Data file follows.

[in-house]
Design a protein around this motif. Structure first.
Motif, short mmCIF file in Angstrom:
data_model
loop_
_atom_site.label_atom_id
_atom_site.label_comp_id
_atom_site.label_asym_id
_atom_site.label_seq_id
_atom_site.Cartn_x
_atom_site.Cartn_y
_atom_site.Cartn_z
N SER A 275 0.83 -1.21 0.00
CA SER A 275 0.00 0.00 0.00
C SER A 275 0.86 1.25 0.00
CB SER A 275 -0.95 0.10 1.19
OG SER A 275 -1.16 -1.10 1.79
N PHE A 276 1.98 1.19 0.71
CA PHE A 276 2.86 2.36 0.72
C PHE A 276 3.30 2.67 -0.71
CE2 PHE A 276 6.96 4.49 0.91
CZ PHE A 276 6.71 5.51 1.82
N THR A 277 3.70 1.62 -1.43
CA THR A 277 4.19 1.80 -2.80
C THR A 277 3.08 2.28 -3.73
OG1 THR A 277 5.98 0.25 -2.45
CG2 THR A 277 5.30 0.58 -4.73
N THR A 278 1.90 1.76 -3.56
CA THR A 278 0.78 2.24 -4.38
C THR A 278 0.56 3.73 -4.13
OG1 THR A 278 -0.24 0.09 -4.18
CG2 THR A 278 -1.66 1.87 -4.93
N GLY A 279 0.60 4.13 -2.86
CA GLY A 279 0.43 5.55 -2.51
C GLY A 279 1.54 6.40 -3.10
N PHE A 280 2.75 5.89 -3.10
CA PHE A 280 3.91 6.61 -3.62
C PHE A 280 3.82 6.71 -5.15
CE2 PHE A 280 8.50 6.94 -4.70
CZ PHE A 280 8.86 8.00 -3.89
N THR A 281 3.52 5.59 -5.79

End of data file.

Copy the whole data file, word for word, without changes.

[in-house]
Design a protein around this motif. Structure first.
Motif, short mmCIF file in Angstrom:
data_model
loop_
_atom_site.label_atom_id
_atom_site.label_comp_id
_atom_site.label_asym_id
_atom_site.label_seq_id
_atom_site.Cartn_x
_atom_site.Cartn_y
_atom_site.Cartn_z
N SER A 275 0.83 -1.21 0.00
CA SER A 275 0.00 0.00 0.00
C SER A 275 0.86 1.25 0.00
CB SER A 275 -0.95 0.10 1.19
OG SER A 275 -1.16 -1.10 1.79
N PHE A 276 1.98 1.19 0.71
CA PHE A 276 2.86 2.36 0.72
C PHE A 276 3.30 2.67 -0.71
CE2 PHE A 276 6.96 4.49 0.91
CZ PHE A 276 6.71 5.51 1.82
N THR A 277 3.70 1.62 -1.43
CA THR A 277 4.19 1.80 -2.80
C THR A 277 3.08 2.28 -3.73
OG1 THR A 277 5.98 0.25 -2.45
CG2 THR A 277 5.30 0.58 -4.73
N THR A 278 1.90 1.76 -3.56
CA THR A 278 0.78 2.24 -4.38
C THR A 278 0.56 3.73 -4.13
OG1 THR A 278 -0.24 0.09 -4.18
CG2 THR A 278 -1.66 1.87 -4.93
N GLY A 279 0.60 4.13 -2.86
CA GLY A 279 0.43 5.55 -2.51
C GLY A 279 1.54 6.40 -3.10
N PHE A 280 2.75 5.89 -3.10
CA PHE A 280 3.91 6.61 -3.62
C PHE A 280 3.82 6.71 -5.15
CE2 PHE A 280 8.50 6.94 -4.70
CZ PHE A 280 8.86 8.00 -3.89
N THR A 281 3.52 5.59 -5.79